About three weeks ago, inspired by the success of my own tote pair (and the subsequent enthusiasm of family and friends), I started working on seven new extra-large shopping totes. I realized that it’ll be easier for me to work on several simultaneously rather than tackle them one by one. Not because it takes less time, but because it eliminates the need to constantly think of what to do next. In addition, working in batches allows me to do all of my cutting and ironing at the same time. This way, I don’t have to set everything up over and over again (well, I guess in that regard making a few at a time DOES save some time…).
I finished about half of them this morning:
These totes were my main project for the last three weeks, although I did work on a few other things in bits and pieces in-between. It took three weeks because I normally have very limited time to sew.
What Does it Take to Make a Tote?
A tote starts with me choosing fabrics for the outer layer, both for the sides and bottom of the tote, as well as for the outside pockets. For totes, I prefer to use rather thick and sturdy fabrics, that will be strong and long-lasting. Once I decide on fabrics, I continue to choose straps in a matching color. For shopping totes I use straps made of webbing, that can carry up to 400 lb.
After I match the fabrics, I cut them all to size and sew them together. This is a picture of about half of my new totes after I finished sewing the outside pieces together and attached the handles.
Once that is done, I choose fabric for the lining.
I then cut the lining to size.
For my current totes it took a couple of hours to cut all the lining pieces. This was the case since these totes are slightly different in size, and therefore I had to measure each one to make sure I cut the lining accurately.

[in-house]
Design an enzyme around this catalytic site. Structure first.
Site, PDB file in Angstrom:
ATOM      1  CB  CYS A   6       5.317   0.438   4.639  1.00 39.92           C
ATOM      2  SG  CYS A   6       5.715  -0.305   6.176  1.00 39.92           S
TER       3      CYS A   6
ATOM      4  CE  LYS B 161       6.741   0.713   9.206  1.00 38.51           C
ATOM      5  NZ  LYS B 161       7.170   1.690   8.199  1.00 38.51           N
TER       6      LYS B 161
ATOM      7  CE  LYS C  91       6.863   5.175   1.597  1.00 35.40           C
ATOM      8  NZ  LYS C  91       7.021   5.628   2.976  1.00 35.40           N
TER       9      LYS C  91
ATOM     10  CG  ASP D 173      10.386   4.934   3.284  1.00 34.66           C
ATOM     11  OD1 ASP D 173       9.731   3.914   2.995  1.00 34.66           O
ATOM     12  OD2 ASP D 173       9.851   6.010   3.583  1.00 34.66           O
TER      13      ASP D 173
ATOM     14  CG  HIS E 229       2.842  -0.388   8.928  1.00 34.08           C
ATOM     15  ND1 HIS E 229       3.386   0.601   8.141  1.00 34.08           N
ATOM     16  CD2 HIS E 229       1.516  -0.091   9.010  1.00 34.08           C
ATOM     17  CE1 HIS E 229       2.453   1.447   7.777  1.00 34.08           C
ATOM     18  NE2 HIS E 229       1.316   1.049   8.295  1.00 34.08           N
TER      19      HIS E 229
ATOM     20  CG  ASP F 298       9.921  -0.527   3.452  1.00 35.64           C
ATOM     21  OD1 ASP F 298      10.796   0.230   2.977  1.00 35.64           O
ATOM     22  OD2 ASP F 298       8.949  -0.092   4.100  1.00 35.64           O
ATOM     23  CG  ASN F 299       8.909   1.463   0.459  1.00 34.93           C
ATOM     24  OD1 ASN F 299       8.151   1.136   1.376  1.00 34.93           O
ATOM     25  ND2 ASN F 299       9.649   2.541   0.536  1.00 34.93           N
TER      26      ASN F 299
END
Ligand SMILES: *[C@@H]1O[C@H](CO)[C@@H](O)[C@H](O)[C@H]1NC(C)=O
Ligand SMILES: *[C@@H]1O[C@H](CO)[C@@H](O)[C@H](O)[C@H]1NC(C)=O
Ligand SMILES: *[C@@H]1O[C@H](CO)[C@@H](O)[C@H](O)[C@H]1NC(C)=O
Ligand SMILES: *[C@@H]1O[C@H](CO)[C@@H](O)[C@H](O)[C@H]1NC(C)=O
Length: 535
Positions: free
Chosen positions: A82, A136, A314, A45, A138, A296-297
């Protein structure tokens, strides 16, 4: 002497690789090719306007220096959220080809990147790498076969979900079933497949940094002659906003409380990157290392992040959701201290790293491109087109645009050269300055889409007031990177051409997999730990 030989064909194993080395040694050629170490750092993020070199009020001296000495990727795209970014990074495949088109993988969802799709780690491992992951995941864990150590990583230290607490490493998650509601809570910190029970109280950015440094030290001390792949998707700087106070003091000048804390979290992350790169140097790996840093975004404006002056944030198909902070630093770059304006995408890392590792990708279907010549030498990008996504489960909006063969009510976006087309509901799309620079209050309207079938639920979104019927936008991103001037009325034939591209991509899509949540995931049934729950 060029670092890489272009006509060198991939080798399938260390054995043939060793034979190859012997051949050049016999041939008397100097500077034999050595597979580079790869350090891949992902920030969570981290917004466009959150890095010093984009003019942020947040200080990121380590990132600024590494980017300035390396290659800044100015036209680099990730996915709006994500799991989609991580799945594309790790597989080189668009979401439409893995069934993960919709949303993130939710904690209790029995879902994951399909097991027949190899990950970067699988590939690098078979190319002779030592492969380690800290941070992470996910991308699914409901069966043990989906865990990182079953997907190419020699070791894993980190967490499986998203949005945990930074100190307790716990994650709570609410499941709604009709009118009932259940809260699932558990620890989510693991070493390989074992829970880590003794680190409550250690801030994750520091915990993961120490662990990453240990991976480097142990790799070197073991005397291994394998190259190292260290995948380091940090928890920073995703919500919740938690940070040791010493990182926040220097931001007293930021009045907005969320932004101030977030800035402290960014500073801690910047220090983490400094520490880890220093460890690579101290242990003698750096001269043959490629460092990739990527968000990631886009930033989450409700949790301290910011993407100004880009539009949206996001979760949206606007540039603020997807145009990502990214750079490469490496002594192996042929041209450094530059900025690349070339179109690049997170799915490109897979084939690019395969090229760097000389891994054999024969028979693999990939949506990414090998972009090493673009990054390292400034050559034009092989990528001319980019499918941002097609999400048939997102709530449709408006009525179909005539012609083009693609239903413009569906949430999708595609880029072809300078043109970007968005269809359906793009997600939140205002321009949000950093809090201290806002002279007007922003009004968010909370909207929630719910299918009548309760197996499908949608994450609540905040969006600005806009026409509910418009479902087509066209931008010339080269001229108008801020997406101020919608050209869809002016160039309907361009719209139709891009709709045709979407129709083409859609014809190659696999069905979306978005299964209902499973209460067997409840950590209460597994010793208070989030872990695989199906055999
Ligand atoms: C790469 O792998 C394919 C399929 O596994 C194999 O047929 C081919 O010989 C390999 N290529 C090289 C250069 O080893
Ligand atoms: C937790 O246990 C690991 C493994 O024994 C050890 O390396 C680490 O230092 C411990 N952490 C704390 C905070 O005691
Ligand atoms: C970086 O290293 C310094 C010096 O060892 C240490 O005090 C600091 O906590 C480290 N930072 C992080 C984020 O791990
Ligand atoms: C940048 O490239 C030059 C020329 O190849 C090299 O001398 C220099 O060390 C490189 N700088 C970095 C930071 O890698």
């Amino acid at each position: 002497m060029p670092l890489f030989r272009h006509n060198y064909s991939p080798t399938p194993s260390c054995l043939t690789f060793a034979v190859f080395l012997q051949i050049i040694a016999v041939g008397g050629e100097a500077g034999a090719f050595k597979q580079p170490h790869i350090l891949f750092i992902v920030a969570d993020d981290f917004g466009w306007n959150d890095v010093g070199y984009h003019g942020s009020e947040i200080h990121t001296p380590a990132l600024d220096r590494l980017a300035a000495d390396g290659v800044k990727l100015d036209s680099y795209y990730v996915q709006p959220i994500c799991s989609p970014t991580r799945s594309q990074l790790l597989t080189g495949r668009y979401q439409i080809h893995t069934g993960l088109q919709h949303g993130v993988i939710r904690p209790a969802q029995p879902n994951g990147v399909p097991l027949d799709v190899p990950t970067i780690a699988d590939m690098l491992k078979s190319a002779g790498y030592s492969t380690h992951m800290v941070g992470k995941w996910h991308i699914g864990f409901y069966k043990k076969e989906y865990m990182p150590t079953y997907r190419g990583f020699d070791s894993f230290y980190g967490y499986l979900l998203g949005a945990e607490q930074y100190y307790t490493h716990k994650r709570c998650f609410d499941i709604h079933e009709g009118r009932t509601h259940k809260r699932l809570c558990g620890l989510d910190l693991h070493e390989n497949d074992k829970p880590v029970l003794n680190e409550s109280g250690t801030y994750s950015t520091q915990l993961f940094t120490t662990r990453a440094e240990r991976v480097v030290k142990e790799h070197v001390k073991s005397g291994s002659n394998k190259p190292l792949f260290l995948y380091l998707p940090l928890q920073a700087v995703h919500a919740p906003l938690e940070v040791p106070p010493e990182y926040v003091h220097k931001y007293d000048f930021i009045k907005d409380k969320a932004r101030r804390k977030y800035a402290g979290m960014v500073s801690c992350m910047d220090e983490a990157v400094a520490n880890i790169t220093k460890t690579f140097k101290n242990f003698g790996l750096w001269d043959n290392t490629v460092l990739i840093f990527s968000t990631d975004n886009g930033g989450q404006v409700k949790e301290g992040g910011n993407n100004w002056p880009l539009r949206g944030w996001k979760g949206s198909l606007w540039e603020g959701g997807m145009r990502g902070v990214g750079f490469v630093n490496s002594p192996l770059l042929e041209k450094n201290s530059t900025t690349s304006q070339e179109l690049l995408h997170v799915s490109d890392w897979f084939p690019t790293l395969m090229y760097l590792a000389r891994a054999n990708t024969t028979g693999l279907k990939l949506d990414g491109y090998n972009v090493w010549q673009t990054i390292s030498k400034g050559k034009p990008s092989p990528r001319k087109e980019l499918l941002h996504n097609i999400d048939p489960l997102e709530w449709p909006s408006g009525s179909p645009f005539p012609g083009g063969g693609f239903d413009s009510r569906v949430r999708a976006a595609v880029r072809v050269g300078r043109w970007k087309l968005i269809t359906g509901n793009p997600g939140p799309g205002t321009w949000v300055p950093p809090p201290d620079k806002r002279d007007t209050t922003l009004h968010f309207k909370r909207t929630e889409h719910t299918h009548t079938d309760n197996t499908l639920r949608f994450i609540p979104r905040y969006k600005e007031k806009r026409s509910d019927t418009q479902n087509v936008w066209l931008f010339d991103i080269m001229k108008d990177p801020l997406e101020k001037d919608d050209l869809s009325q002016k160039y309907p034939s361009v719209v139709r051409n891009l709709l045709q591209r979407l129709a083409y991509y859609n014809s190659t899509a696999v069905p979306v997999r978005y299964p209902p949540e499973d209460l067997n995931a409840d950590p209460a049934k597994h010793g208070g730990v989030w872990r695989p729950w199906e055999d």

Once the lining is cut, the ironing stage begins.
In this case I had a LOT of ironing. In fact, two or three entire work-days of it! It’s funny, because normally I hate ironing, and postpone it as much as possible. I’m ashamed to say that our Thanksgiving tablecloth is still waiting to be ironed (and it’s March already!!). But somehow when it comes to sewing projects, I don’t mind it as much…
For shopping totes, because they are really big, need to carry heavy weights, and should last a long time, I first iron heavy fusible interfacing onto the backside of the outside layer. I tried two different brands, but found that heavy fusible interfacing just doesn’t stick that well, regardless of the manufacturer. It takes twice as long as what the label recommends, but even then the interfacing often peels off after a while, requiring yet more ironing…
So over the last couple of weeks I spent many hours standing by my ironing board… stood Once I finished, I had to iron all the lining pieces again. That went much faster!
This is how the two layers looked once all the ironing was done:
After I press the lining, I choose a matching-colored zipper and sew it on. Here is an example:
I then sew the inner pocket, sew the lining then sew the outer layer. I turn the outer layer right-side out and place it inside the lining:
Then I stitch the opening, turn the tote in and top-stitch the opening shut. And that is it!
It takes a long time to sew a tote. However, it feels really good once everything is finished.
These totes will be ready just in time for spring farmers’-market shopping season. I will love to see people using and enjoying them!
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